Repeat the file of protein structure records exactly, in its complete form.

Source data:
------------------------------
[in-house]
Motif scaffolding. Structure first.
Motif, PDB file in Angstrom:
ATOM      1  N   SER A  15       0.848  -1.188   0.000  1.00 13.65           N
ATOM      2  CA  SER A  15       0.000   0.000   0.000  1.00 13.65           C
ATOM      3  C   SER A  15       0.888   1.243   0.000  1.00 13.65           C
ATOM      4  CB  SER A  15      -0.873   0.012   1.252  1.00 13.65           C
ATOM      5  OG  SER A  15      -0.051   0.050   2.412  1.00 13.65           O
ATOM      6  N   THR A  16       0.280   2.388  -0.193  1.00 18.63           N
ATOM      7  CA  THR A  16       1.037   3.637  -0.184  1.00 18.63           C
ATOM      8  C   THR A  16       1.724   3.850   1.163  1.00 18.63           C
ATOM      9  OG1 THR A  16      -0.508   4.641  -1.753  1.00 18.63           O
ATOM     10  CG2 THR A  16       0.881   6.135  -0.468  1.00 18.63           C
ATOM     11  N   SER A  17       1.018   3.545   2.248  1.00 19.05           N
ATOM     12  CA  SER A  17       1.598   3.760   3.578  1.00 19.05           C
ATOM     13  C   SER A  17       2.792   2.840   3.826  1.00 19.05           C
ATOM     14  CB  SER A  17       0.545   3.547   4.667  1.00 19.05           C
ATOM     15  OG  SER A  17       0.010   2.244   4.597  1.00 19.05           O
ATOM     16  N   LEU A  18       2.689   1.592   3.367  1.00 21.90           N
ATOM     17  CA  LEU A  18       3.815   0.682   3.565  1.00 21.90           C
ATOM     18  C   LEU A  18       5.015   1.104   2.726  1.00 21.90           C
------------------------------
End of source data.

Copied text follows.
[in-house]
Motif scaffolding. Structure first.
Motif, PDB file in Angstrom:
ATOM      1  N   SER A  15       0.848  -1.188   0.000  1.00 13.65           N
ATOM      2  CA  SER A  15       0.000   0.000   0.000  1.00 13.65           C
ATOM      3  C   SER A  15       0.888   1.243   0.000  1.00 13.65           C
ATOM      4  CB  SER A  15      -0.873   0.012   1.252  1.00 13.65           C
ATOM      5  OG  SER A  15      -0.051   0.050   2.412  1.00 13.65           O
ATOM      6  N   THR A  16       0.280   2.388  -0.193  1.00 18.63           N
ATOM      7  CA  THR A  16       1.037   3.637  -0.184  1.00 18.63           C
ATOM      8  C   THR A  16       1.724   3.850   1.163  1.00 18.63           C
ATOM      9  OG1 THR A  16      -0.508   4.641  -1.753  1.00 18.63           O
ATOM     10  CG2 THR A  16       0.881   6.135  -0.468  1.00 18.63           C
ATOM     11  N   SER A  17       1.018   3.545   2.248  1.00 19.05           N
ATOM     12  CA  SER A  17       1.598   3.760   3.578  1.00 19.05           C
ATOM     13  C   SER A  17       2.792   2.840   3.826  1.00 19.05           C
ATOM     14  CB  SER A  17       0.545   3.547   4.667  1.00 19.05           C
ATOM     15  OG  SER A  17       0.010   2.244   4.597  1.00 19.05           O
ATOM     16  N   LEU A  18       2.689   1.592   3.367  1.00 21.90           N
ATOM     17  CA  LEU A  18       3.815   0.682   3.565  1.00 21.90           C
ATOM     18  C   LEU A  18       5.015   1.104   2.726  1.00 21.90           C